Willow-Conifer Rust

Melampsora epitea Thuem.

Basidiomycotina, Uredinales, Melampsoraceae


Hosts: In B.C. and throughout North America, the Aecial_Hosts of Melampsora epitea include mountain and western hemlock, amabilis, balsam, white, grand, and subalpine fir, tamarack, alpine and western larch. The telial hosts include many species of willow.

Distribution: This fungus is widely distributed throughout the range of its hosts in B.C.

Identification: Spermagonia and aecia appear on conifer hosts on new needles shortly after bud-break. Aecia are yellow-orange and differ from other conifer-needle rusts in that the whitish blister or tube-like covering (peridium) is rudimentary or lacking. Uredinia are readily observed throughout the summer on the underside of willow leaves as yellow-orange pustules (Figs. 59a, 59b). Since uredinial mycelium can overwinter on willow leaves, urediniospores produced in the spring can continue to infect willows from year-to-year; the rust does not need to alternate to the conifer host.

Microscopic Characteristics: Spermagonia and aecia on current years needles, occasionally on cones. Spermagonia originating under the epidermis. Aeciospores 14-21 x 15-24 µm; wall thickened at the apex. Uredinia and telia hypophyllous. Urediniospores globoid to broadly ellipsoid, 12-17 x 14-20 µm; wall uniformly thick. Teliospores 6-14 x 16-30 µm, wall uniformly thick.

Damage: Damage to conifer hosts is minimal, infections are usually sparse and restricted to regeneration and the lower branches of saplings. Although the severity of the disease on willow is undocumented, it is likely that damage to willow plantations could be as high as that caused by M. albertensis on poplars.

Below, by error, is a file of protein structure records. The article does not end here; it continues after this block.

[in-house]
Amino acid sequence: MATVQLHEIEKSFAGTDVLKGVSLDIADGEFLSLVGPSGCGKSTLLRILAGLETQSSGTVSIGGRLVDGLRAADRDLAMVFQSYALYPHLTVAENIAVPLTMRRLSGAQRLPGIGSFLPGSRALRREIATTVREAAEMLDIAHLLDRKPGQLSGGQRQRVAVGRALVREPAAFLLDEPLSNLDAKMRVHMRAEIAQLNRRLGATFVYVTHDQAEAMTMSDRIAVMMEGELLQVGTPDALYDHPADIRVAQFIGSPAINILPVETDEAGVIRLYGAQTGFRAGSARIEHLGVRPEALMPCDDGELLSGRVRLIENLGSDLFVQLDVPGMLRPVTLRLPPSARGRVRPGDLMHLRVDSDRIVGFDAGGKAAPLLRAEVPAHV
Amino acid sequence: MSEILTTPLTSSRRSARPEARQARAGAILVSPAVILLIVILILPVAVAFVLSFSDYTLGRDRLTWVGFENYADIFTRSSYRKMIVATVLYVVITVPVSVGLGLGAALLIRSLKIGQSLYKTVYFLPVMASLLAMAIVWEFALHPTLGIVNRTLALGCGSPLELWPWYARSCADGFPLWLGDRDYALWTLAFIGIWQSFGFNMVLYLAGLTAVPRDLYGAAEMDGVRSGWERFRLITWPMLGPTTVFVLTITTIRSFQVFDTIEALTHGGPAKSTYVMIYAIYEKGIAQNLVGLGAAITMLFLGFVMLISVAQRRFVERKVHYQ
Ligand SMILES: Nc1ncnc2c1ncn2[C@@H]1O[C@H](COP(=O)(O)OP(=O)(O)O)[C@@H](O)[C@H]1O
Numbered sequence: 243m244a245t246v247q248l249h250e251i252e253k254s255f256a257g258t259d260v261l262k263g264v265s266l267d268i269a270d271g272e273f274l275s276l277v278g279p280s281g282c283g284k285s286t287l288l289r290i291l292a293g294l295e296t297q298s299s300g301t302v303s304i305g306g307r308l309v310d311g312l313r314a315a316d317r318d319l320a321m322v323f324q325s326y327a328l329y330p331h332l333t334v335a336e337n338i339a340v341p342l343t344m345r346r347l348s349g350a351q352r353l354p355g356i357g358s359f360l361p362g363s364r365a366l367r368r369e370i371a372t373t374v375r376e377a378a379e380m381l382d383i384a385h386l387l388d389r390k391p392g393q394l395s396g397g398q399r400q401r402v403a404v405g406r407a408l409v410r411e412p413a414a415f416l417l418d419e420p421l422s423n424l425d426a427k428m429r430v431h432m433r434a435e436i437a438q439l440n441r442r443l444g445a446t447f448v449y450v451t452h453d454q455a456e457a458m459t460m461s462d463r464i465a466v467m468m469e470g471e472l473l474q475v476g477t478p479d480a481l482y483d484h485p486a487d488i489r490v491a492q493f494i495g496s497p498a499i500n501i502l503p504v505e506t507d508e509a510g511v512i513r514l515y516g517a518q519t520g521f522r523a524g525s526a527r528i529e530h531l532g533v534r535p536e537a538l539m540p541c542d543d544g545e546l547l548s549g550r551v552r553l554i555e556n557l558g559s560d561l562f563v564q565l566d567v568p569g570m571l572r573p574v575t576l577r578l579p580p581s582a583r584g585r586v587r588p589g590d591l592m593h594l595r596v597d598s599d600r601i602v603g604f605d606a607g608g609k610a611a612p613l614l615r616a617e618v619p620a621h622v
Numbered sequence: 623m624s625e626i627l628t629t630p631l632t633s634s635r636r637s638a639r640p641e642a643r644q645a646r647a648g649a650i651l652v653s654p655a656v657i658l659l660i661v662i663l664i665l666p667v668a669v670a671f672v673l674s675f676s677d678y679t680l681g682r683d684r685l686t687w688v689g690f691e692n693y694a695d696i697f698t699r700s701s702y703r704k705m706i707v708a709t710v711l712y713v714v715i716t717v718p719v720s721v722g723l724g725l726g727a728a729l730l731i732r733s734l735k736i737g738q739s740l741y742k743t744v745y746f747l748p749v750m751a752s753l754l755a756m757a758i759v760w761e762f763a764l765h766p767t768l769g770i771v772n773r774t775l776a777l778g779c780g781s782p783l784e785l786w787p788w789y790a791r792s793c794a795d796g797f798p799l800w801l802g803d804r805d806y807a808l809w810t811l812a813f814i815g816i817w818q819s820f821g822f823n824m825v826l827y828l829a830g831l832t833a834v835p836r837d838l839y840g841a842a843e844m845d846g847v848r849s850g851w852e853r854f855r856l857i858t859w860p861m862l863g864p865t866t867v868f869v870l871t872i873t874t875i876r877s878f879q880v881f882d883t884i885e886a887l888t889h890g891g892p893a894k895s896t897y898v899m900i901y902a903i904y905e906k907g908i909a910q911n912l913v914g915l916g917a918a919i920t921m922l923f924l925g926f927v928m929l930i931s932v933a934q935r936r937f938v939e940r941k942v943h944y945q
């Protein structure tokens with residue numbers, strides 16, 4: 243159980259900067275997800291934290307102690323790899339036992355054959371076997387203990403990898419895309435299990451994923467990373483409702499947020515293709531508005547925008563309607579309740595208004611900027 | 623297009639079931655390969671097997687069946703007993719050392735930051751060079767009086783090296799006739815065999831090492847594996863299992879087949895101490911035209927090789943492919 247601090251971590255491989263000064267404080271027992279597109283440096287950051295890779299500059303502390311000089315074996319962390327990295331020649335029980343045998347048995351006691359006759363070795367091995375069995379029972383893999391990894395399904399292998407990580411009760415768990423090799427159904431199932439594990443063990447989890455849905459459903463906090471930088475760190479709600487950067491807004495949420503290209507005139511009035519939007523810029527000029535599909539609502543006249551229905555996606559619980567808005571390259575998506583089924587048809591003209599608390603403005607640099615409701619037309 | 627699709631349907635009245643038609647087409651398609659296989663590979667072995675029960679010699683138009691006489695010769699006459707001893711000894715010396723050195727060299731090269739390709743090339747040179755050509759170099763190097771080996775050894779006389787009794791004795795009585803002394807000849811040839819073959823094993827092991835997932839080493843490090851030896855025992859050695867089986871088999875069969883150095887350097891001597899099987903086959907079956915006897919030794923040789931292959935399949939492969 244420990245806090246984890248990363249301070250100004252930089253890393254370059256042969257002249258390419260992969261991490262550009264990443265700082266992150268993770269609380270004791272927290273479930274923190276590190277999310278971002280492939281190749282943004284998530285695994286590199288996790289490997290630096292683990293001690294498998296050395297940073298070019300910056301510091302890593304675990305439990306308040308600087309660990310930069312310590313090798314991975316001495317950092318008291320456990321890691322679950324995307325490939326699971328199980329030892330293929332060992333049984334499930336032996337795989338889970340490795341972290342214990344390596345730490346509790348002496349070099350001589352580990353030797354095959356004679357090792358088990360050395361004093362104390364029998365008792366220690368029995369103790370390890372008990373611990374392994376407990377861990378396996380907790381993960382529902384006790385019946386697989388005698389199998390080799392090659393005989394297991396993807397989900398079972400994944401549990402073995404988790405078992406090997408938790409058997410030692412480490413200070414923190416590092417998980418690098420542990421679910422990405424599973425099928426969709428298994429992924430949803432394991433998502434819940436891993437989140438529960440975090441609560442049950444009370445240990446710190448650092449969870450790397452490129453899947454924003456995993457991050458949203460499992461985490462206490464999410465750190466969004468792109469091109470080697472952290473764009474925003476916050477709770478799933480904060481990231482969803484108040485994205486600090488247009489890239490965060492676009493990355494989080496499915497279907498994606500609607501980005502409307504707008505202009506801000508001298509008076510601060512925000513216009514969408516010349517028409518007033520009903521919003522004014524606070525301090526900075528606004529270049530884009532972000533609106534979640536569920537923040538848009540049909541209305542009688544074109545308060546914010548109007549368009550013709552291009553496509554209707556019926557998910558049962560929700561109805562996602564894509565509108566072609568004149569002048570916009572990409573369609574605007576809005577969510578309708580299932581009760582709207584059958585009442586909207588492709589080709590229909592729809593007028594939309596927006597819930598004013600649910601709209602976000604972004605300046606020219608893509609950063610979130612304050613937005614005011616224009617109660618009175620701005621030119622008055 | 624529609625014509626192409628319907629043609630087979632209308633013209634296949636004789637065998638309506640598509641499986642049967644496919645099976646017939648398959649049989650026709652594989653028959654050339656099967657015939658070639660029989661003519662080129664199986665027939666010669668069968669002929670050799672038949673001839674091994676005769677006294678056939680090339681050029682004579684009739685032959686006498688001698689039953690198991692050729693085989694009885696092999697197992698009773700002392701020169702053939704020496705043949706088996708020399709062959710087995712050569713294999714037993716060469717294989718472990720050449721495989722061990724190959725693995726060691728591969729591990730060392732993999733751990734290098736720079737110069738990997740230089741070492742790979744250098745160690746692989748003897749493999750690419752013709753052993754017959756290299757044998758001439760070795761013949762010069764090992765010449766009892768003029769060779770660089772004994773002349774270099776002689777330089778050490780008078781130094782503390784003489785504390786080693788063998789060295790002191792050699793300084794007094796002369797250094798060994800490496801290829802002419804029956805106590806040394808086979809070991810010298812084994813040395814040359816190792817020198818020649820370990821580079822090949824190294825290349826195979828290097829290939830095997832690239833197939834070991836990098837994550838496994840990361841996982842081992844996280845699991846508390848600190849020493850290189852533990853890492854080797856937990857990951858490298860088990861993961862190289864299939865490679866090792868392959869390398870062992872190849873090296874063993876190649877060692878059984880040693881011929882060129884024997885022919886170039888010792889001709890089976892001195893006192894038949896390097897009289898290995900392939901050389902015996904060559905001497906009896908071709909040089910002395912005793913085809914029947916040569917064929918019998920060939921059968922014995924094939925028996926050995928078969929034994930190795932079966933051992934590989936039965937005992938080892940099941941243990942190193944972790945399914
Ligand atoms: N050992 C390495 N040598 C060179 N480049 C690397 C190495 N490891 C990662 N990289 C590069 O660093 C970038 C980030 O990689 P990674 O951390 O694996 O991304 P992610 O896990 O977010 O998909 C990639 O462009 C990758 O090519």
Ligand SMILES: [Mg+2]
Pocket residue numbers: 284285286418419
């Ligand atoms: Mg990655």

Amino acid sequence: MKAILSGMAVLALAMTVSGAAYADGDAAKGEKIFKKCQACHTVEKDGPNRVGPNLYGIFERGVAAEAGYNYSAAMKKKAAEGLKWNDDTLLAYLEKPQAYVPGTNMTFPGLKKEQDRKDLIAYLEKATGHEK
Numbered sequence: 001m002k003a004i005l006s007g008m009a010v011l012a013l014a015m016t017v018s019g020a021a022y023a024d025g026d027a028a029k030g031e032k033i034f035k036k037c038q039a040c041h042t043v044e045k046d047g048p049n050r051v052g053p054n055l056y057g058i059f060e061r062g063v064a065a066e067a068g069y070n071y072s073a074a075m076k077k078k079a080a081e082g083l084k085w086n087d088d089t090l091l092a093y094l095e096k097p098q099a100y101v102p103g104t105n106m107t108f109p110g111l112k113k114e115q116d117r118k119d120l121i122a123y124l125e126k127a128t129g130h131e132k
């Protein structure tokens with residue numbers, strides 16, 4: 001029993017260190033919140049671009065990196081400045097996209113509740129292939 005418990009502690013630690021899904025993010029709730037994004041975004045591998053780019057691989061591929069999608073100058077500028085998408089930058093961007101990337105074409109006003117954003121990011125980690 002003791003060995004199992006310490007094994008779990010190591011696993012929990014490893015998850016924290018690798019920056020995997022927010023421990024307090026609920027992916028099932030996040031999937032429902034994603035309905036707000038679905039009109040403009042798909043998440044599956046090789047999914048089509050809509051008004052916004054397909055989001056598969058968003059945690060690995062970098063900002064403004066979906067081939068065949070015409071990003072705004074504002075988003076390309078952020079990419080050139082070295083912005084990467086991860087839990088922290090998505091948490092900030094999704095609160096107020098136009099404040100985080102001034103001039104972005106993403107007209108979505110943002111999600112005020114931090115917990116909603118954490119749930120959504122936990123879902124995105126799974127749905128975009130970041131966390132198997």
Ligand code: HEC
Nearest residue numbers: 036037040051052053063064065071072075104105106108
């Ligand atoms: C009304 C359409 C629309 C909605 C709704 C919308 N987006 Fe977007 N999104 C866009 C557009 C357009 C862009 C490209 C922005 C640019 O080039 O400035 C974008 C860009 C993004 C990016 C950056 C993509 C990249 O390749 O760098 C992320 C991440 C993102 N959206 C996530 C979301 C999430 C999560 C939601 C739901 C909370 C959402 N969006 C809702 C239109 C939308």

Remarks: Willow rusts are often treated as one species complex, loosely called Melampsora epitea, since their uredinial and telial states on willow are indistinguishable. When Aecial_Hosts are determined through inoculation tests, several species may be delimited from this complex. Using this approach, the following species are recognized:




Melampsora abieti-capraearum

true firs

Melampsora epitea f. sp. tsugae

western and mountain hemlock

Melampsora paradoxa

Tamarack, alpine and western larch

Melampsora ribesii-purpureae

currant and gooseberry

Melampsora abieti-capraearum frequently appears together with Pucciniastrum epilobii on fir. The willow rust on conifers can be distinguished by naked aecia (lacking peridia). At the microscopic level, willow rusts can be distinguished from other Melampsora rusts on conifers. The other rusts exhibit bilateral thickening of the aeciospore walls, whereas willow rusts have no bilateral thickening.


Ziller, W. G. 1974. The tree rusts of western Canada. Can. For. Serv., Publ. No. 1329. Victoria, B.C.


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Figure 59a: Uredinia of Melampsora epitea on willow leaves






Figure 59b: Uredinia of Melampsora epitea on willow leaves.